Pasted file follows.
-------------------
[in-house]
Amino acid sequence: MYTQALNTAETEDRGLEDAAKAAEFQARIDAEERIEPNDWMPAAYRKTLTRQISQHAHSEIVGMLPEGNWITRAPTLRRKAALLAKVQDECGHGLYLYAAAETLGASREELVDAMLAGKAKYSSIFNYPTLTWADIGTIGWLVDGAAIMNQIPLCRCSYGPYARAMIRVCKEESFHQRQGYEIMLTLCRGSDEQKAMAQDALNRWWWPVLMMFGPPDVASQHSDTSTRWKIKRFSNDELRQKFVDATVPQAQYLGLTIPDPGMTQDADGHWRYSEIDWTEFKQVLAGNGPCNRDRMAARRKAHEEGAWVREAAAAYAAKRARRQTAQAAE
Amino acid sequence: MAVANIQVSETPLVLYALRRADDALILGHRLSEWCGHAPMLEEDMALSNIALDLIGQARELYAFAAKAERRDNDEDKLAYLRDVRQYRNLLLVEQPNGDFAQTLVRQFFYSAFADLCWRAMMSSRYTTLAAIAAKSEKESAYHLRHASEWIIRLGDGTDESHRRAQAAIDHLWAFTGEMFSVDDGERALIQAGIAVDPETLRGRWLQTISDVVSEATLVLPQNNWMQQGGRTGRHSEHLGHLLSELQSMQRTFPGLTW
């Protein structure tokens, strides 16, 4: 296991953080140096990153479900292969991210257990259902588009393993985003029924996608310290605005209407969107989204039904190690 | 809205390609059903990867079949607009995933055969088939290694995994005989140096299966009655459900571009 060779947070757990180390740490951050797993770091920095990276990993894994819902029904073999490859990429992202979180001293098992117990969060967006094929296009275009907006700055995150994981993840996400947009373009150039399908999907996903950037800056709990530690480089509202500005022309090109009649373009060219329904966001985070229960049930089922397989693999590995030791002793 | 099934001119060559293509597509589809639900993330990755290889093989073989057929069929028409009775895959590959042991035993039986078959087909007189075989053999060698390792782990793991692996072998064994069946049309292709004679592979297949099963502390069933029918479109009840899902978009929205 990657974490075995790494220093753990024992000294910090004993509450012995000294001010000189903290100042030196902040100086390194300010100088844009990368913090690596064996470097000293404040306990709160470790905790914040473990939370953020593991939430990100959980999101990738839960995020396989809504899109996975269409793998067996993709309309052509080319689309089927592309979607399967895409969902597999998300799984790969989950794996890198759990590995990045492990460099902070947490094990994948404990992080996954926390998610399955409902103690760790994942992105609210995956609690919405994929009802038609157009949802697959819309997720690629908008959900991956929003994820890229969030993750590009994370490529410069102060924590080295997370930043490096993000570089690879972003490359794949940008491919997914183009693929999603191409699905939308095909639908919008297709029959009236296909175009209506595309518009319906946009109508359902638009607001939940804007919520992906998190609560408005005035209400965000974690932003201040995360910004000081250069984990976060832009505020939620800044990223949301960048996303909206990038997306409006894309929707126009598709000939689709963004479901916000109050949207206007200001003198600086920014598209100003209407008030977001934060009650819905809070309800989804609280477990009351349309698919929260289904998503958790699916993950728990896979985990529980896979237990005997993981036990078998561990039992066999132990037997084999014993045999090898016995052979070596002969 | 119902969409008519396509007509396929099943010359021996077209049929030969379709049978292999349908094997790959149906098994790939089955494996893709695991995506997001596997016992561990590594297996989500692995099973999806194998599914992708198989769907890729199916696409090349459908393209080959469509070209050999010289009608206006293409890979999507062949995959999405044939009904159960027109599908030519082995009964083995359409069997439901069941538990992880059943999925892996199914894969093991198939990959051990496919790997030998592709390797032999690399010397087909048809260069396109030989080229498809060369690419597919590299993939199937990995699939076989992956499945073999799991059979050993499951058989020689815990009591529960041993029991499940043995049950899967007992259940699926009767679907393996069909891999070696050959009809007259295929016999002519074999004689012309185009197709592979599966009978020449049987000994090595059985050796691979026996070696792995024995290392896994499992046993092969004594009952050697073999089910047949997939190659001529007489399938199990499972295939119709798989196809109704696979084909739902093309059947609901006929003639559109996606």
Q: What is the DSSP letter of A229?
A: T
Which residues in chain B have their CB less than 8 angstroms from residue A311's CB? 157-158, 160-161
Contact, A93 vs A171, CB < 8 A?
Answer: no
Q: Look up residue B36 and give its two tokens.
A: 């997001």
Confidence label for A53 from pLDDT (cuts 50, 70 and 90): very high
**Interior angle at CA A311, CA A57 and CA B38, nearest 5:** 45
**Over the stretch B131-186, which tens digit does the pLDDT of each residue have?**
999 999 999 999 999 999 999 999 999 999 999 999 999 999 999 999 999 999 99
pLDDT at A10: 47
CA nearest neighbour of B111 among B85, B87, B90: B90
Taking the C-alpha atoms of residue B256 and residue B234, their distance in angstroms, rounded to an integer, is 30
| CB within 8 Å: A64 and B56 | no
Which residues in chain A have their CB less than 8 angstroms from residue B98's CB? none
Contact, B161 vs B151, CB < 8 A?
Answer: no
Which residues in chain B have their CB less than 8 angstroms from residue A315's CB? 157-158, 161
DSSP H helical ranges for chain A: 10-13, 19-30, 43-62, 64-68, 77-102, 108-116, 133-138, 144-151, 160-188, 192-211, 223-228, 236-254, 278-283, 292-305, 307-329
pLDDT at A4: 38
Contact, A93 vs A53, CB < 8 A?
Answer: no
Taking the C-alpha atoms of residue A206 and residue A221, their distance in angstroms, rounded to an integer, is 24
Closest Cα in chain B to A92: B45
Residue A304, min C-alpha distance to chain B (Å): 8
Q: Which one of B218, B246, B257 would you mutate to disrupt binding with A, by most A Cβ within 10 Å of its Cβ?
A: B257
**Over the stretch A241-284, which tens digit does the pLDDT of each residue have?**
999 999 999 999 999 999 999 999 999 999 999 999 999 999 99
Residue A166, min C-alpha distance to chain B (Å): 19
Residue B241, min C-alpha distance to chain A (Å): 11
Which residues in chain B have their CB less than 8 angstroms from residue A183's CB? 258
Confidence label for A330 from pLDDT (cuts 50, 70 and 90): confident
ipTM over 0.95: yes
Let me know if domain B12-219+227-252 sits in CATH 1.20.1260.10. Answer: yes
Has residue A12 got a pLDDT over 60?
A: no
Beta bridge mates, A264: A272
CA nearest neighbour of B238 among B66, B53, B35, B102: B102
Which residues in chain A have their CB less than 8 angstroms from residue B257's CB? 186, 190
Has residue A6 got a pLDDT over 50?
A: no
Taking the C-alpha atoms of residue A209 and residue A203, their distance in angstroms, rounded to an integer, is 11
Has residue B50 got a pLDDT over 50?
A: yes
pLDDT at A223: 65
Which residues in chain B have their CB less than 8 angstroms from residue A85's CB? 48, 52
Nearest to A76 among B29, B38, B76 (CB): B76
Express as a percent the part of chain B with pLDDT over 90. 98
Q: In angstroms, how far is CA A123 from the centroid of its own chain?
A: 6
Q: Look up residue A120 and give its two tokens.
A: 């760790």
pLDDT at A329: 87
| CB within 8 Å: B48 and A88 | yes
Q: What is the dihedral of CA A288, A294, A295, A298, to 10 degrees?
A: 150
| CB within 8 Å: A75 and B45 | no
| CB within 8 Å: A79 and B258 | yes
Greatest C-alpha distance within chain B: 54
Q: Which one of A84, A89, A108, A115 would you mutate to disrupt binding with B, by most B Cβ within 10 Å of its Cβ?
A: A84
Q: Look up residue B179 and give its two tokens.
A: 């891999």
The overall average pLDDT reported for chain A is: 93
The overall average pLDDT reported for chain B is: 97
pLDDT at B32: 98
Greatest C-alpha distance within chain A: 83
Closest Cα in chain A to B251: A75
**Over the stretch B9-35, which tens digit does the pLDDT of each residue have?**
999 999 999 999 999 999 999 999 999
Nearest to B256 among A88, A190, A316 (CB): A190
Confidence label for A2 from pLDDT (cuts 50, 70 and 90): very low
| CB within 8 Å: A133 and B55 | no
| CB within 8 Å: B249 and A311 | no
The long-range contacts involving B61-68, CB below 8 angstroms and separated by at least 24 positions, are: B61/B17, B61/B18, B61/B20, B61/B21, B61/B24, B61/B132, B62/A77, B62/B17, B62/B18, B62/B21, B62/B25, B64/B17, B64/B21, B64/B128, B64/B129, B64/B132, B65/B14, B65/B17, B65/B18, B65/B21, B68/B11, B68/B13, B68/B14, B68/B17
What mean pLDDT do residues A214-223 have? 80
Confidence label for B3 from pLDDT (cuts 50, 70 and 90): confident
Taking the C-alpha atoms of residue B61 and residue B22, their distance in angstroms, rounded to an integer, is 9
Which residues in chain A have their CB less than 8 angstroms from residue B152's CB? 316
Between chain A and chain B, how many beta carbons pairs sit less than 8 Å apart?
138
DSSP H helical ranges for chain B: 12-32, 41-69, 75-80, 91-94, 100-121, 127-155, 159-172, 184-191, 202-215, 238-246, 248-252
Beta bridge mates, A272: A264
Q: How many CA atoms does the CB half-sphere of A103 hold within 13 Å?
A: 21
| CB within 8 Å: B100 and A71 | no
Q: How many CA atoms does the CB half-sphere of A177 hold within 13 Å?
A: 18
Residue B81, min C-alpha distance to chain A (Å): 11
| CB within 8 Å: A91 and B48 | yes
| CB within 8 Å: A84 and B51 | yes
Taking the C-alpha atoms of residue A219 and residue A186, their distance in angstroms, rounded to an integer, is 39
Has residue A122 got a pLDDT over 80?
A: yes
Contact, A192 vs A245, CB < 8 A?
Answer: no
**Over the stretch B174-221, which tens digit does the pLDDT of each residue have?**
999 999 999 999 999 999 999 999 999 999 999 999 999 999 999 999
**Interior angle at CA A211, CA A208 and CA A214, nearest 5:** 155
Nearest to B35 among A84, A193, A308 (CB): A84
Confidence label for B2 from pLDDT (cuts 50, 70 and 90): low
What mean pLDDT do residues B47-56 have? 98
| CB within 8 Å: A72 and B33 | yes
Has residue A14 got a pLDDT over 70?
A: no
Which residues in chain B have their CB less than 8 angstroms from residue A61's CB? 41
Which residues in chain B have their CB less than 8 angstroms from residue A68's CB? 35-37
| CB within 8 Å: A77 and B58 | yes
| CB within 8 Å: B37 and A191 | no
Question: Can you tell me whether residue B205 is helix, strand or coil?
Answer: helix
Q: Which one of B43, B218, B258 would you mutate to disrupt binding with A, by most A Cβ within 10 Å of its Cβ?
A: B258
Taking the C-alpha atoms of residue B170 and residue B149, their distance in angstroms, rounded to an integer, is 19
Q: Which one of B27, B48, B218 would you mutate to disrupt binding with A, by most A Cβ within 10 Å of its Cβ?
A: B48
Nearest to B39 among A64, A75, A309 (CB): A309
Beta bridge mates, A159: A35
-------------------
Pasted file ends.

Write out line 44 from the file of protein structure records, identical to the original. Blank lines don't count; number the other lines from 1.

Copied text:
CA nearest neighbour of B238 among B66, B53, B35, B102: B102